Wednesday, April 21, 2010

The River War

The River War by Winston Churchill is of course a classic. Winston Churchill is one of the greatest men of all time and the most amazing journalist and writer. Everyone knows him as the Prime Minister of England during WWII who saved the world we know it from the tyrrany of Nazi Germany.
Yet there is so much more to Churchill. The River War is the 1899 book about the Egypt-England reconquest of the Sudan in which Winston himself was in the Lancers Calvary at the Battle of Omdurman.
Churchill's account of the whole war is extraordinary as it traces the war's development, the death of Gordon, the Mahdi, Dervishes, building of the railway along the Nile to bring up supplies and forces and the movement of gunships over cascades. Tens of thousands of men fought and died in this desert wars. Massacres of towns and outposts.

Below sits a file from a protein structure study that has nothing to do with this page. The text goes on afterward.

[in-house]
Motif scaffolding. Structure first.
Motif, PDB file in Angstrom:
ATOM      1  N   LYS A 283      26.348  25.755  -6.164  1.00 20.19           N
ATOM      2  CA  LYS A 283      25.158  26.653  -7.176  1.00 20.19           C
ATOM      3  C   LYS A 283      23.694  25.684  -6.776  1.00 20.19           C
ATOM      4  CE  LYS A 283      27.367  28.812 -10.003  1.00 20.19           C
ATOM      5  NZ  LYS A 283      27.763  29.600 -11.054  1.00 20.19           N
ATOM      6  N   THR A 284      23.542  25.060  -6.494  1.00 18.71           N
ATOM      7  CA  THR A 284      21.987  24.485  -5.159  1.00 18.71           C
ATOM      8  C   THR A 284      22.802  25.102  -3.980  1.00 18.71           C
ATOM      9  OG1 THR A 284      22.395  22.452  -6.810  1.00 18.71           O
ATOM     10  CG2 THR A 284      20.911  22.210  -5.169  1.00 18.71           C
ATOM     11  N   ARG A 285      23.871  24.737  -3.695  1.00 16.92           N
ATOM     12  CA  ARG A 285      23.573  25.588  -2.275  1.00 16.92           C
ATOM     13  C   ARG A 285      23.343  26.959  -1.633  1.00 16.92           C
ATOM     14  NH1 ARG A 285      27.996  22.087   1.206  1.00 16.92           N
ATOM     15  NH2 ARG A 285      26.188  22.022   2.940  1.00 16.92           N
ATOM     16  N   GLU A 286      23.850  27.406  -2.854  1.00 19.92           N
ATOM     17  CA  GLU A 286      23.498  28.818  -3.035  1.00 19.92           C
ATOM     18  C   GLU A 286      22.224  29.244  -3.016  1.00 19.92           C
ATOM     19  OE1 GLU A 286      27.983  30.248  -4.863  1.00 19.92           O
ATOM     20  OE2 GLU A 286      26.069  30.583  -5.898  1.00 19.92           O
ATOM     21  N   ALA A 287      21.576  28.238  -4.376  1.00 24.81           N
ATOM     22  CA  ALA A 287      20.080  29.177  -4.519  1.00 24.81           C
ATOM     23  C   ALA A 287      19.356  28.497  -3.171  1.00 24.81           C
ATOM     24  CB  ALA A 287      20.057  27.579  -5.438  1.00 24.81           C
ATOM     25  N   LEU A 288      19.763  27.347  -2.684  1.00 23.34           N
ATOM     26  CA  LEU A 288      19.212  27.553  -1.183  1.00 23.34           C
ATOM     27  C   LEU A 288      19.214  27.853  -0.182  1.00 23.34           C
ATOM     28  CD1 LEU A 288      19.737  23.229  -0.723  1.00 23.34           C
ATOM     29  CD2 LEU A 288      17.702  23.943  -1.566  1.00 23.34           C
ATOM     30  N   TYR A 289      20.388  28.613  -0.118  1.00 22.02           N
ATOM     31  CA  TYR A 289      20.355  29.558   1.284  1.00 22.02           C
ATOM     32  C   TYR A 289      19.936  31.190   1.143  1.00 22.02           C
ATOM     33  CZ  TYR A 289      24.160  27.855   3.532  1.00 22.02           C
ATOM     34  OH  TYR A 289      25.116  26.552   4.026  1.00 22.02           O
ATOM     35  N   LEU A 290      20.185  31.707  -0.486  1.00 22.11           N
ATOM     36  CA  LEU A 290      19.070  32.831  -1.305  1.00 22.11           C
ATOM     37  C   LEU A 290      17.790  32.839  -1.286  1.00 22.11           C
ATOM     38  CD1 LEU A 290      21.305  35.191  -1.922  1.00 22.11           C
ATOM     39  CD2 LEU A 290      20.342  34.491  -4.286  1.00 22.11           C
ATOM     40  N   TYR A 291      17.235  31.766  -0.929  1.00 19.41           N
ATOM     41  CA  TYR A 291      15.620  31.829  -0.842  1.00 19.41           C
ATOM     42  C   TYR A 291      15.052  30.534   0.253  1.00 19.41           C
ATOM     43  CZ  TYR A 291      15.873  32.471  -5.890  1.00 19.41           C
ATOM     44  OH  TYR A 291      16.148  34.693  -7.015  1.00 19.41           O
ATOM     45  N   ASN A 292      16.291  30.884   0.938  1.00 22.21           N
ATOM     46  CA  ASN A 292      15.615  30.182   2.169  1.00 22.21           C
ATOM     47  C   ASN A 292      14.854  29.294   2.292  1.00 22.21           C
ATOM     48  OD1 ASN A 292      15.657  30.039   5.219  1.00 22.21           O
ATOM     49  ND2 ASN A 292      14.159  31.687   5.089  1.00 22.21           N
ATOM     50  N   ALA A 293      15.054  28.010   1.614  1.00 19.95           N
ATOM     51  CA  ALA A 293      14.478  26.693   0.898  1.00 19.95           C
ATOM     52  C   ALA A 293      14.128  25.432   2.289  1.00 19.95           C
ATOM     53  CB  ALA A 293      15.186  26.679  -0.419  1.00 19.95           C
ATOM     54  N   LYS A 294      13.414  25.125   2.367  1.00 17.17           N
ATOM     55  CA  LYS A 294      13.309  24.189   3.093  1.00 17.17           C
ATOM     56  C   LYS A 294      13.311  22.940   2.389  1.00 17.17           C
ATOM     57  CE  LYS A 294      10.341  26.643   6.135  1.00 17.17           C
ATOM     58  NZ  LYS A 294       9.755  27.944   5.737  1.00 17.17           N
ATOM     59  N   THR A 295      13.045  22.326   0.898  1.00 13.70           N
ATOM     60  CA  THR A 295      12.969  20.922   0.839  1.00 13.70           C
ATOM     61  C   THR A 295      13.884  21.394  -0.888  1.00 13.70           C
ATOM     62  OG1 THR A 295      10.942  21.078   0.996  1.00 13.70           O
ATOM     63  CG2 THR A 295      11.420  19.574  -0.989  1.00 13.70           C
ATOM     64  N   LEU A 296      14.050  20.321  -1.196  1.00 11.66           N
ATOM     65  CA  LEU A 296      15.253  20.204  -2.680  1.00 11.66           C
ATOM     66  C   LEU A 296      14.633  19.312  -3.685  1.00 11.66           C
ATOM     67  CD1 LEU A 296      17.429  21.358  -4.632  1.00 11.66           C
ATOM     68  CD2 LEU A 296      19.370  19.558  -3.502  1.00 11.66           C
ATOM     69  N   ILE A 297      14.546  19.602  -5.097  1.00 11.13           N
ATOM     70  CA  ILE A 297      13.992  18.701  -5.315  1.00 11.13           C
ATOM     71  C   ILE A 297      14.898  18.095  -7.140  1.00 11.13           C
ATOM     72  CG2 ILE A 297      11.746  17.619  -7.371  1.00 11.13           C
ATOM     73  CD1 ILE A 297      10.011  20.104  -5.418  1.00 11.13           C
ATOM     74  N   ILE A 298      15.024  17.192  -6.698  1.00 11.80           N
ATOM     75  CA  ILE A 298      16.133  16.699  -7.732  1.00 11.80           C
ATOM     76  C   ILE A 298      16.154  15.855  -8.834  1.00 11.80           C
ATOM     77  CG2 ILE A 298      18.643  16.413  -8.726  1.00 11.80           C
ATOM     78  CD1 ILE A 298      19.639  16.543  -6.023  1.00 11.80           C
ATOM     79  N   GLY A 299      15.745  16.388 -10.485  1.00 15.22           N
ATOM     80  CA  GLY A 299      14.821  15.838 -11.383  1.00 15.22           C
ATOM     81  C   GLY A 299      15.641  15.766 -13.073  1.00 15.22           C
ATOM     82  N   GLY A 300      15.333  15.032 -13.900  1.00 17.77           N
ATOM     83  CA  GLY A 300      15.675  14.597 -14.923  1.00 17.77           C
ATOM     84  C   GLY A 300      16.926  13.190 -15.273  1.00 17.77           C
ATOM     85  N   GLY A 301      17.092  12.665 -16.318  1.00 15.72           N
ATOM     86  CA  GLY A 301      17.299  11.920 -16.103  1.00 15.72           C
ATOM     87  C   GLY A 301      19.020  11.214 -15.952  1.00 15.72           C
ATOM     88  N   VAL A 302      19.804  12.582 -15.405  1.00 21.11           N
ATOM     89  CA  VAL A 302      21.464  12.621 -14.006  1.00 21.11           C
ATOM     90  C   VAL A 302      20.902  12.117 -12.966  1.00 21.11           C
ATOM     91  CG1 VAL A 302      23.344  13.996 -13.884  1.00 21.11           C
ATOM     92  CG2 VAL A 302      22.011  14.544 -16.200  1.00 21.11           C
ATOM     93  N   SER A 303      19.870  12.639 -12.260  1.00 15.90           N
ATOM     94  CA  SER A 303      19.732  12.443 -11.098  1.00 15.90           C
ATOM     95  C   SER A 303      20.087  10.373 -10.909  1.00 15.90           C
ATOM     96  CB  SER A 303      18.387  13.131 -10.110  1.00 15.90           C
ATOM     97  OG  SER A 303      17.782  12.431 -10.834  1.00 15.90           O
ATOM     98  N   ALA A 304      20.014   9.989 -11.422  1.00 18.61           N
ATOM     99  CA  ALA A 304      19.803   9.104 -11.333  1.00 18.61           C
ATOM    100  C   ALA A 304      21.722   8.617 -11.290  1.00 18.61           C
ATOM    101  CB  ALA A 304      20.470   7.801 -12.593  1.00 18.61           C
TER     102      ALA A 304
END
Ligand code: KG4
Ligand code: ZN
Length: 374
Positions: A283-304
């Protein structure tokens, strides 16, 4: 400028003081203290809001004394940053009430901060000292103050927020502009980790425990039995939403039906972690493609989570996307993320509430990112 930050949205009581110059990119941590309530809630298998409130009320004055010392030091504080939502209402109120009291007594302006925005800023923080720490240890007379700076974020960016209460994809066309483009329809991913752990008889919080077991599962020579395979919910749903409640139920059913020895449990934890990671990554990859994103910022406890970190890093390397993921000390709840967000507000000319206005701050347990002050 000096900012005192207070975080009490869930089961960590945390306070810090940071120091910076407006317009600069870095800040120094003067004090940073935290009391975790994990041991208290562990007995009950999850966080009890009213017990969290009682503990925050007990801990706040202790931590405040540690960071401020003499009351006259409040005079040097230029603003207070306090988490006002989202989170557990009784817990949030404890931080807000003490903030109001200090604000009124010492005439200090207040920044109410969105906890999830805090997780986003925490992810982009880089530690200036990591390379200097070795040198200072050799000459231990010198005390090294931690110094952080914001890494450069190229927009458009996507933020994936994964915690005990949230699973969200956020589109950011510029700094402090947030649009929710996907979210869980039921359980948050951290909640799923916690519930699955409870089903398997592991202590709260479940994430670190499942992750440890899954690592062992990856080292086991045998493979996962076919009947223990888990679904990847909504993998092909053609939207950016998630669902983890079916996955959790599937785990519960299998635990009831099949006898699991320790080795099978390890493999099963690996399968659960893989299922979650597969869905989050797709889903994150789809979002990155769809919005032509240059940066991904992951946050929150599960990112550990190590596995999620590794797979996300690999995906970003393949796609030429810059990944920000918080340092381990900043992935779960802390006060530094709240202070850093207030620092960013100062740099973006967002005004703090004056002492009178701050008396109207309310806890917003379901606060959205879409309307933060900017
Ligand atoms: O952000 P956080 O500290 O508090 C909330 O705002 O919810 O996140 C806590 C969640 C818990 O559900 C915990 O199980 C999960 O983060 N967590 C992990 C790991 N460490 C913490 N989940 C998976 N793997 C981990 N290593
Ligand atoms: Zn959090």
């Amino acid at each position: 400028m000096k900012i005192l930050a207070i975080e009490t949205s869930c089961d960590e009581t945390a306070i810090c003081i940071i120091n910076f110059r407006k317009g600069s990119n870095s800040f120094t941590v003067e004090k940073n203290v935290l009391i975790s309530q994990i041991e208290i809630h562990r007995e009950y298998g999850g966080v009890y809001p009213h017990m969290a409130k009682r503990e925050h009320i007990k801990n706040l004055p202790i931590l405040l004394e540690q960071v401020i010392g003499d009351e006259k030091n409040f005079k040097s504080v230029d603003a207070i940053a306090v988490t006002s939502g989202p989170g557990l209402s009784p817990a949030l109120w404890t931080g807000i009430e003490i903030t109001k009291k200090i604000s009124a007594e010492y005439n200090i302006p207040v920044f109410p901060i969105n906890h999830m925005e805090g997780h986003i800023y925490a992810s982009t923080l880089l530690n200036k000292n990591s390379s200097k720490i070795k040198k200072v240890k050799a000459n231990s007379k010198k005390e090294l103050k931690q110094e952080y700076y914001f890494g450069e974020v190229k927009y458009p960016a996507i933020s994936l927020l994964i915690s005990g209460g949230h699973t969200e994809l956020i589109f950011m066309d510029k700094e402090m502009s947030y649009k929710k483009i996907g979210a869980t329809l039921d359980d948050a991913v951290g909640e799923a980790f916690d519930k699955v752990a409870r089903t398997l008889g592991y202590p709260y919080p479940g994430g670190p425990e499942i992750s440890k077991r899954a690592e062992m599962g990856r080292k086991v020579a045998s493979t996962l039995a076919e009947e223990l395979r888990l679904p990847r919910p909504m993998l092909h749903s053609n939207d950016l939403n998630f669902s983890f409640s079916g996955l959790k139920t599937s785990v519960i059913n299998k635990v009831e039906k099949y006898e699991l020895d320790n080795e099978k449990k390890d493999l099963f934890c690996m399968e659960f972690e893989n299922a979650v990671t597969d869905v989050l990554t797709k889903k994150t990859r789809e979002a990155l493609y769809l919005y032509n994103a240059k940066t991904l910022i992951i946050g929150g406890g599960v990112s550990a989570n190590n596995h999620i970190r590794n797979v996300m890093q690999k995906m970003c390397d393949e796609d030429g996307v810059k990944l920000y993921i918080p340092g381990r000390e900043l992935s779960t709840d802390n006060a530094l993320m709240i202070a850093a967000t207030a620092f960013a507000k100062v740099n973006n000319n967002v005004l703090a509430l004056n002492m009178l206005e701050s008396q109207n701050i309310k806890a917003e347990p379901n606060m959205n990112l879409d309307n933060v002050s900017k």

Horses and camels and infantry fighting side by side with modern machine guns and swords. Churchill's account is enthralling. This is a leader whose courage in face of personal threat is the stuff of legend. Churchill was not parachuted into his role. He represents the might of a man of the ranks who though born into priviledge served side by side throughout his life with the common men who'd he'd eventually lead to victory.

Today's experiments in management seem to miss the point of history, Churchill and WWII. It seems that there is a shortage of experience in the real life of danger, privation, and sacrifice in the thin soup of today's board rooms.
Of course I may well be wrong. Churchill's life would have it's fair share of mistakes. Still I wonder which leader's today have lives as full as this man of destiny.

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